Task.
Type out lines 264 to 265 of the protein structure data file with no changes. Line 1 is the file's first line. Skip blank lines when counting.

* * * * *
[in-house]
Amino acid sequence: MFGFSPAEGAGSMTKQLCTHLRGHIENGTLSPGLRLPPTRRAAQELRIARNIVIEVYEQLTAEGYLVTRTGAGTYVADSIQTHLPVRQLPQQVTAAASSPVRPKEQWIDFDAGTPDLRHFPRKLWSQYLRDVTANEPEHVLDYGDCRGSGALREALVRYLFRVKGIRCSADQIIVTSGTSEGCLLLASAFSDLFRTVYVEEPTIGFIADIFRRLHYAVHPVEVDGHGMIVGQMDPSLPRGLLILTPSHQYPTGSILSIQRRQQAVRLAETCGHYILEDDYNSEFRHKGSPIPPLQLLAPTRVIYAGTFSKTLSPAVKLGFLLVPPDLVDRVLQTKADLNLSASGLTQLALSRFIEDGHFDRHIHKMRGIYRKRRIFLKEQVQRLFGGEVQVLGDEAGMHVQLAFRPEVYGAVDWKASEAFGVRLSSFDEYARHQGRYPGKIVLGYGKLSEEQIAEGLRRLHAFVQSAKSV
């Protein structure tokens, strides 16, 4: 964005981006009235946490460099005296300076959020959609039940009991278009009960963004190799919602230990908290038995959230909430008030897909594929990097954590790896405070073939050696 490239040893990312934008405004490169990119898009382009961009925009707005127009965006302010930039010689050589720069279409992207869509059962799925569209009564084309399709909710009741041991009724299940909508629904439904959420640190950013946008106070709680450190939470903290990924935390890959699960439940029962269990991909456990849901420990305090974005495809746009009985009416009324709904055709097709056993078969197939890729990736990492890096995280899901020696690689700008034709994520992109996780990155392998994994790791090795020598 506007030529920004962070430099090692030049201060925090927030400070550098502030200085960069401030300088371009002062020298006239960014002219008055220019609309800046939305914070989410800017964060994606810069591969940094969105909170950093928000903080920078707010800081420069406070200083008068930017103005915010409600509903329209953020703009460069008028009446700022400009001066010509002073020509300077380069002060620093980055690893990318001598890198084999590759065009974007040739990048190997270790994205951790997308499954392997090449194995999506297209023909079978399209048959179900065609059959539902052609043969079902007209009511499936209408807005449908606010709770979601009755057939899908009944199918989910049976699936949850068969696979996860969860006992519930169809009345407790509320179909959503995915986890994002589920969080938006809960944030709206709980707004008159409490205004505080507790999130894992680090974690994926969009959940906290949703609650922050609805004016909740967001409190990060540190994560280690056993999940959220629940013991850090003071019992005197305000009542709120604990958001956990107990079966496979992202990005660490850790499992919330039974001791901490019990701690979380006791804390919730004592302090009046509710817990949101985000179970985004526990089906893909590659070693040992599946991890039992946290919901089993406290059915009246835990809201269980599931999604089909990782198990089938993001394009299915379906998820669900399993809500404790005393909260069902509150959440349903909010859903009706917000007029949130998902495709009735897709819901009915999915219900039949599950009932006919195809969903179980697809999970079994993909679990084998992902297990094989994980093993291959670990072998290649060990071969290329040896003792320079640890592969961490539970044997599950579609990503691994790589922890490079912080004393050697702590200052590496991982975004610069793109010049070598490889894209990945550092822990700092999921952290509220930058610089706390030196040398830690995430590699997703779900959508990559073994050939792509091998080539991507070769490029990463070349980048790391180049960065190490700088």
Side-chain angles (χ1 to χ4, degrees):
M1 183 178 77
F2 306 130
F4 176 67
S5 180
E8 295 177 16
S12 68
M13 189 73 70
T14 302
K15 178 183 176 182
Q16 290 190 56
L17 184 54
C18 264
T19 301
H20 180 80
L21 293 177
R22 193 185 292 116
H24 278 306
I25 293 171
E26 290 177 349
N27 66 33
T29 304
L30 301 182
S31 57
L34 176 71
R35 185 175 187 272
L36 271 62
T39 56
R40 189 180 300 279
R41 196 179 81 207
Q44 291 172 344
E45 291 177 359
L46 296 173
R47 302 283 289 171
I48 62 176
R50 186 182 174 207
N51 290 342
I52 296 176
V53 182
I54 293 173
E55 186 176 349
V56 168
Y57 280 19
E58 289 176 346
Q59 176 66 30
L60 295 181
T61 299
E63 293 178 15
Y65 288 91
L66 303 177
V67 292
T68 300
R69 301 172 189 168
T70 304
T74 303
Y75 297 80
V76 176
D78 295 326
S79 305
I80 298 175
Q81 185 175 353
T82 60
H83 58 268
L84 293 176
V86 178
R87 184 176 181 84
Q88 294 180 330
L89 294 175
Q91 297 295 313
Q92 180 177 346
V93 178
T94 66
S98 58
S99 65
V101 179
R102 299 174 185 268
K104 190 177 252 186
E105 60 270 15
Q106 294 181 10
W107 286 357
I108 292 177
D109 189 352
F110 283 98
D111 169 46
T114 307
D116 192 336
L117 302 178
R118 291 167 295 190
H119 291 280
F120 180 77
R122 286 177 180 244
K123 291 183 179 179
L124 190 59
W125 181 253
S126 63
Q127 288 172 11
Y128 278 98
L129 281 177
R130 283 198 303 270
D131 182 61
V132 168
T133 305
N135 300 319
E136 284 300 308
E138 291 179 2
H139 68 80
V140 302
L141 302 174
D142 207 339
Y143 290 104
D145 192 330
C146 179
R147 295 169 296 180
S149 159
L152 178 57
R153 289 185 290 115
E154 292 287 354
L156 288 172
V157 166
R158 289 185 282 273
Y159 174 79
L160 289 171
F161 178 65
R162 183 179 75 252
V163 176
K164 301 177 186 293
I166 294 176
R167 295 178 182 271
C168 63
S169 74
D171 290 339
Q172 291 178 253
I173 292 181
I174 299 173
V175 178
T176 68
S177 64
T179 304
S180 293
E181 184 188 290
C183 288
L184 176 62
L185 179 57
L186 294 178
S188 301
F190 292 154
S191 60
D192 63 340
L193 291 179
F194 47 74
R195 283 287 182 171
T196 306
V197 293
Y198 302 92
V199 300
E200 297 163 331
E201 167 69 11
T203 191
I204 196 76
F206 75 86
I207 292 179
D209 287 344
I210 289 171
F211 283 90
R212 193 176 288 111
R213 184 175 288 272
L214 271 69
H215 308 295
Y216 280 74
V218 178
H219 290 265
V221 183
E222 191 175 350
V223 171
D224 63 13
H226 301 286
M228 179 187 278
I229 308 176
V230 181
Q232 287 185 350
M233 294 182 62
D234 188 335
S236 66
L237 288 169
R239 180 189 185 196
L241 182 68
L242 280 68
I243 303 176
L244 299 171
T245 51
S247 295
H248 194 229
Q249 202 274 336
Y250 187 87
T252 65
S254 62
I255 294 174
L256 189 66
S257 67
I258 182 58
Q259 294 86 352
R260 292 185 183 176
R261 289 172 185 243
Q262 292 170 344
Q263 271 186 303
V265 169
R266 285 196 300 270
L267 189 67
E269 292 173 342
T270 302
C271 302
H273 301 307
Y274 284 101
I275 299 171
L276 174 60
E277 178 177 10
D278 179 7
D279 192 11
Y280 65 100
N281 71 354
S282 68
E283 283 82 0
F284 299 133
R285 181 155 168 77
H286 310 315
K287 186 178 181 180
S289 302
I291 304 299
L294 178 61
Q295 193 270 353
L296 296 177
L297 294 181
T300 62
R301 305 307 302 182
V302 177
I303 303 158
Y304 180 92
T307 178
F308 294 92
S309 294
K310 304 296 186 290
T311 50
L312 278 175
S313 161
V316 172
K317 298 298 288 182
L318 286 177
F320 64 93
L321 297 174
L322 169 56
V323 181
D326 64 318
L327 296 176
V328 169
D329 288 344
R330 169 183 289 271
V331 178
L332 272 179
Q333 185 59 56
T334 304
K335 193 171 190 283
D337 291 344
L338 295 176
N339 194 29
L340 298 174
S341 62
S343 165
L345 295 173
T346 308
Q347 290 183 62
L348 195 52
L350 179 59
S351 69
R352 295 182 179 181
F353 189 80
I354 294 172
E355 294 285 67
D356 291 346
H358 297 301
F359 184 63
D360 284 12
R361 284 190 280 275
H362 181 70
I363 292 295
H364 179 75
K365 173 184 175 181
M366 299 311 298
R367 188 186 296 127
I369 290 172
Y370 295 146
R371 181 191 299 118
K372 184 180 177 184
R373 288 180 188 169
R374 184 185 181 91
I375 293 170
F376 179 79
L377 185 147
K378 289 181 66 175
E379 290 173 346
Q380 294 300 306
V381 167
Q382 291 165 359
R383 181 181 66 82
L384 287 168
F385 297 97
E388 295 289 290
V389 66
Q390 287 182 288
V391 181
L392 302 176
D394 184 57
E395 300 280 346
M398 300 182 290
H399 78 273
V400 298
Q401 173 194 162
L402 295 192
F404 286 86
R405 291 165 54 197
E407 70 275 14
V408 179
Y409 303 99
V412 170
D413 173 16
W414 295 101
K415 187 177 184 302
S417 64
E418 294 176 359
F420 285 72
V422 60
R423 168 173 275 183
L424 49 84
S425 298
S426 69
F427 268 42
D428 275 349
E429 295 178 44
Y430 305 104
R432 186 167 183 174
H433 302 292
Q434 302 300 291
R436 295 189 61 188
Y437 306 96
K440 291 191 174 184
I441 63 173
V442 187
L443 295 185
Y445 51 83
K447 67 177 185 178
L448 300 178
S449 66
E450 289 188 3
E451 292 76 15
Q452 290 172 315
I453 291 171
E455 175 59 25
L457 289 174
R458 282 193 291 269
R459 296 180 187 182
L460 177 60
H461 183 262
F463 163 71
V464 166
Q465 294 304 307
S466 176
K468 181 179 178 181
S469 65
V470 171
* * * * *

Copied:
K335 193 171 190 283
D337 291 344